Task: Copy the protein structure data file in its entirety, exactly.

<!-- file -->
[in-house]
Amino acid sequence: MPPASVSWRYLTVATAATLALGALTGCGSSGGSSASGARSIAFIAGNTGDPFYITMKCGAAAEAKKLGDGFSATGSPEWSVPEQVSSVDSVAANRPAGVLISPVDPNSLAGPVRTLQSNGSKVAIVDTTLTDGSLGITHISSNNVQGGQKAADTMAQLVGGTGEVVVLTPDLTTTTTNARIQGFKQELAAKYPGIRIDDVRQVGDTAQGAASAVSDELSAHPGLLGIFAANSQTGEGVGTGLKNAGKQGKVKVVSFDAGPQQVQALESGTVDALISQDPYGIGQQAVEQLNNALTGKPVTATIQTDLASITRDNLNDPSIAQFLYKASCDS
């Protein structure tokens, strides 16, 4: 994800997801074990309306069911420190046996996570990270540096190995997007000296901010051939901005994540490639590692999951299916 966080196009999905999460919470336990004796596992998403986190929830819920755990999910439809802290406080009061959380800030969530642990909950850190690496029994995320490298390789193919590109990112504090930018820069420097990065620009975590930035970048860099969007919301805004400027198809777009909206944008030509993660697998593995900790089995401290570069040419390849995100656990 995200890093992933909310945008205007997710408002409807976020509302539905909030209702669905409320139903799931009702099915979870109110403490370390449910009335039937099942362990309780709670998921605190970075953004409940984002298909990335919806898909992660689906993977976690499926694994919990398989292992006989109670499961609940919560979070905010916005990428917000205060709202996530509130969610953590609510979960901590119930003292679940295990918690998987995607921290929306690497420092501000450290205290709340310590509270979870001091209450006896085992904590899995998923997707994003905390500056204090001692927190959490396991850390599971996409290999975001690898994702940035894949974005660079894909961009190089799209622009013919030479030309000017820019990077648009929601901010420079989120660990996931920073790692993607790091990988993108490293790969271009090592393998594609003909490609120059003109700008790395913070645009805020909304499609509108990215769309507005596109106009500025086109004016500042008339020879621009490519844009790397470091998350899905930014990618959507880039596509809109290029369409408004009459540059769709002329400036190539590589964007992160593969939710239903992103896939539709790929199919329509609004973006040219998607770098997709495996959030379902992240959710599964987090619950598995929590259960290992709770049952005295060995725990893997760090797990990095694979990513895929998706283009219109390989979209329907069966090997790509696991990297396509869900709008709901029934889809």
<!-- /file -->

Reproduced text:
[in-house]
Amino acid sequence: MPPASVSWRYLTVATAATLALGALTGCGSSGGSSASGARSIAFIAGNTGDPFYITMKCGAAAEAKKLGDGFSATGSPEWSVPEQVSSVDSVAANRPAGVLISPVDPNSLAGPVRTLQSNGSKVAIVDTTLTDGSLGITHISSNNVQGGQKAADTMAQLVGGTGEVVVLTPDLTTTTTNARIQGFKQELAAKYPGIRIDDVRQVGDTAQGAASAVSDELSAHPGLLGIFAANSQTGEGVGTGLKNAGKQGKVKVVSFDAGPQQVQALESGTVDALISQDPYGIGQQAVEQLNNALTGKPVTATIQTDLASITRDNLNDPSIAQFLYKASCDS
């Protein structure tokens, strides 16, 4: 994800997801074990309306069911420190046996996570990270540096190995997007000296901010051939901005994540490639590692999951299916 966080196009999905999460919470336990004796596992998403986190929830819920755990999910439809802290406080009061959380800030969530642990909950850190690496029994995320490298390789193919590109990112504090930018820069420097990065620009975590930035970048860099969007919301805004400027198809777009909206944008030509993660697998593995900790089995401290570069040419390849995100656990 995200890093992933909310945008205007997710408002409807976020509302539905909030209702669905409320139903799931009702099915979870109110403490370390449910009335039937099942362990309780709670998921605190970075953004409940984002298909990335919806898909992660689906993977976690499926694994919990398989292992006989109670499961609940919560979070905010916005990428917000205060709202996530509130969610953590609510979960901590119930003292679940295990918690998987995607921290929306690497420092501000450290205290709340310590509270979870001091209450006896085992904590899995998923997707994003905390500056204090001692927190959490396991850390599971996409290999975001690898994702940035894949974005660079894909961009190089799209622009013919030479030309000017820019990077648009929601901010420079989120660990996931920073790692993607790091990988993108490293790969271009090592393998594609003909490609120059003109700008790395913070645009805020909304499609509108990215769309507005596109106009500025086109004016500042008339020879621009490519844009790397470091998350899905930014990618959507880039596509809109290029369409408004009459540059769709002329400036190539590589964007992160593969939710239903992103896939539709790929199919329509609004973006040219998607770098997709495996959030379902992240959710599964987090619950598995929590259960290992709770049952005295060995725990893997760090797990990095694979990513895929998706283009219109390989979209329907069966090997790509696991990297396509869900709008709901029934889809």